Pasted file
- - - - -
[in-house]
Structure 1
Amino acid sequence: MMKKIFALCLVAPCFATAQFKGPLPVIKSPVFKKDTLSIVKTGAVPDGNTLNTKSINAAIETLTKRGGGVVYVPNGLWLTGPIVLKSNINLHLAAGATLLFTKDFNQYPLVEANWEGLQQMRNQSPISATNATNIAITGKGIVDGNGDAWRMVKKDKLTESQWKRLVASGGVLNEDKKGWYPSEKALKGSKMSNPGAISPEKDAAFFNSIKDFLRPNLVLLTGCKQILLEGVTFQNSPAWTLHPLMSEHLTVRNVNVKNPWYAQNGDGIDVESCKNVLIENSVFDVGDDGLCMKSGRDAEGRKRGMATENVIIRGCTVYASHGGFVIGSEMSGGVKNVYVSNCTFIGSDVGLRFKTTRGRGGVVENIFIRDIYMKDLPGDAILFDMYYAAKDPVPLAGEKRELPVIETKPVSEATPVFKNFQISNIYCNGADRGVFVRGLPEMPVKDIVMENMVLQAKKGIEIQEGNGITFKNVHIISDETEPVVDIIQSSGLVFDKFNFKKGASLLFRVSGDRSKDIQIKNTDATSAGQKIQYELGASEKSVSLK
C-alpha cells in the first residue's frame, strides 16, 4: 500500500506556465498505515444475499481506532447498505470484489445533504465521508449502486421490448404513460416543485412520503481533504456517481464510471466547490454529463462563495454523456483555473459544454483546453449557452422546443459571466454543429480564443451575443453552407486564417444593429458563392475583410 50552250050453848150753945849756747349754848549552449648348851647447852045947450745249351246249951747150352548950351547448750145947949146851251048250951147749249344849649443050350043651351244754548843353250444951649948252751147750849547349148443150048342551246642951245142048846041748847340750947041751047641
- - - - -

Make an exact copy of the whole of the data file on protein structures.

[in-house]
Structure 1
Amino acid sequence: MMKKIFALCLVAPCFATAQFKGPLPVIKSPVFKKDTLSIVKTGAVPDGNTLNTKSINAAIETLTKRGGGVVYVPNGLWLTGPIVLKSNINLHLAAGATLLFTKDFNQYPLVEANWEGLQQMRNQSPISATNATNIAITGKGIVDGNGDAWRMVKKDKLTESQWKRLVASGGVLNEDKKGWYPSEKALKGSKMSNPGAISPEKDAAFFNSIKDFLRPNLVLLTGCKQILLEGVTFQNSPAWTLHPLMSEHLTVRNVNVKNPWYAQNGDGIDVESCKNVLIENSVFDVGDDGLCMKSGRDAEGRKRGMATENVIIRGCTVYASHGGFVIGSEMSGGVKNVYVSNCTFIGSDVGLRFKTTRGRGGVVENIFIRDIYMKDLPGDAILFDMYYAAKDPVPLAGEKRELPVIETKPVSEATPVFKNFQISNIYCNGADRGVFVRGLPEMPVKDIVMENMVLQAKKGIEIQEGNGITFKNVHIISDETEPVVDIIQSSGLVFDKFNFKKGASLLFRVSGDRSKDIQIKNTDATSAGQKIQYELGASEKSVSLK
C-alpha cells in the first residue's frame, strides 16, 4: 500500500506556465498505515444475499481506532447498505470484489445533504465521508449502486421490448404513460416543485412520503481533504456517481464510471466547490454529463462563495454523456483555473459544454483546453449557452422546443459571466454543429480564443451575443453552407486564417444593429458563392475583410 50552250050453848150753945849756747349754848549552449648348851647447852045947450745249351246249951747150352548950351547448750145947949146851251048250951147749249344849649443050350043651351244754548843353250444951649948252751147750849547349148443150048342551246642951245142048846041748847340750947041751047641